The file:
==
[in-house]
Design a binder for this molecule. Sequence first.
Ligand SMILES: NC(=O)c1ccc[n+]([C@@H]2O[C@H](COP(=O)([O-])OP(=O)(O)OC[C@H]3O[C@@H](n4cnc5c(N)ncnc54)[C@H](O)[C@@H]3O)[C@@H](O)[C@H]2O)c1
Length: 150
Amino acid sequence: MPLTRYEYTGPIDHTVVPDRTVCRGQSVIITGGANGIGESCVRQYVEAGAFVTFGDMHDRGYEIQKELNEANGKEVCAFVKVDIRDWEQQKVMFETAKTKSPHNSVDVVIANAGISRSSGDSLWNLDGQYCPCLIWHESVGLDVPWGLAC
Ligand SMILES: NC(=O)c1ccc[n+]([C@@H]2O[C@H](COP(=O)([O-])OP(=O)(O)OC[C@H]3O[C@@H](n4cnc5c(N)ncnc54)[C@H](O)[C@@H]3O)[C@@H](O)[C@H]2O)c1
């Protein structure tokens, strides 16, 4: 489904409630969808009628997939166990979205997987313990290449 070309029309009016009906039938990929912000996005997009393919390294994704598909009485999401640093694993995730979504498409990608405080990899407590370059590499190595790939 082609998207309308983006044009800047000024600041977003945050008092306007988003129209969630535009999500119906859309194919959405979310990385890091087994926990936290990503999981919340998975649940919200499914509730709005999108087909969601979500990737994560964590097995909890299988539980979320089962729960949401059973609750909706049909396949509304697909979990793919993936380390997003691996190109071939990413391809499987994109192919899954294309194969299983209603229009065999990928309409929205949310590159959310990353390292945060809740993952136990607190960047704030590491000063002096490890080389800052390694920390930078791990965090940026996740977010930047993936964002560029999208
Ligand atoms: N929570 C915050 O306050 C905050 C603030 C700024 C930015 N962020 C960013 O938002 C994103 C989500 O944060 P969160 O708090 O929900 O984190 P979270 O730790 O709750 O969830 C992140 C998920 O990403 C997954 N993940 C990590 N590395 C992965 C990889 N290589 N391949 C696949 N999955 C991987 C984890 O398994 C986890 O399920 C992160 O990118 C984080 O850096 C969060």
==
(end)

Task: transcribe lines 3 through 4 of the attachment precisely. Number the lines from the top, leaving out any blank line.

Ligand SMILES: NC(=O)c1ccc[n+]([C@@H]2O[C@H](COP(=O)([O-])OP(=O)(O)OC[C@H]3O[C@@H](n4cnc5c(N)ncnc54)[C@H](O)[C@@H]3O)[C@@H](O)[C@H]2O)c1
Length: 150